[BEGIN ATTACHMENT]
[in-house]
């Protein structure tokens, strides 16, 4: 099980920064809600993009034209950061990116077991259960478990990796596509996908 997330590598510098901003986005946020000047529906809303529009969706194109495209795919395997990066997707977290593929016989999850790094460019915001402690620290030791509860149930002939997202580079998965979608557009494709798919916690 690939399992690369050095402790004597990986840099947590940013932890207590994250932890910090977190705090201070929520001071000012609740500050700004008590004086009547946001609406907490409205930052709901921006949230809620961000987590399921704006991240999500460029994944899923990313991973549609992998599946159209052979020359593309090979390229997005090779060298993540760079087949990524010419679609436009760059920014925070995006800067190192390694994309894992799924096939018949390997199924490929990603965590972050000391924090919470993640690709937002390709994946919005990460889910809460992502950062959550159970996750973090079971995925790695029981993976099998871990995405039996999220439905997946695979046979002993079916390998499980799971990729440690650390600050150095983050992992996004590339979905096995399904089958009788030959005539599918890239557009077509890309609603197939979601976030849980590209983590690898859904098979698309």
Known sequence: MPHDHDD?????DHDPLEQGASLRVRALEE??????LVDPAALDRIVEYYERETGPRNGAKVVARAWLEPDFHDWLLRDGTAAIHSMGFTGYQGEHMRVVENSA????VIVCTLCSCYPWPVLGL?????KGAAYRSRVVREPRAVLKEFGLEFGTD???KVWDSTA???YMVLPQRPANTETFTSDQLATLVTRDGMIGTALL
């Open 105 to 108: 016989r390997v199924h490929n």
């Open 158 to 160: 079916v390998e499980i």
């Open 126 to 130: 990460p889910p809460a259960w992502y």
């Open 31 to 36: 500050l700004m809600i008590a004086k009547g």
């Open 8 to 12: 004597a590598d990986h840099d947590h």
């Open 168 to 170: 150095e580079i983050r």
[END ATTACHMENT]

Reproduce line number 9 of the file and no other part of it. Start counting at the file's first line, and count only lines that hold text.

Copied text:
């Open 168 to 170: 150095e580079i983050r």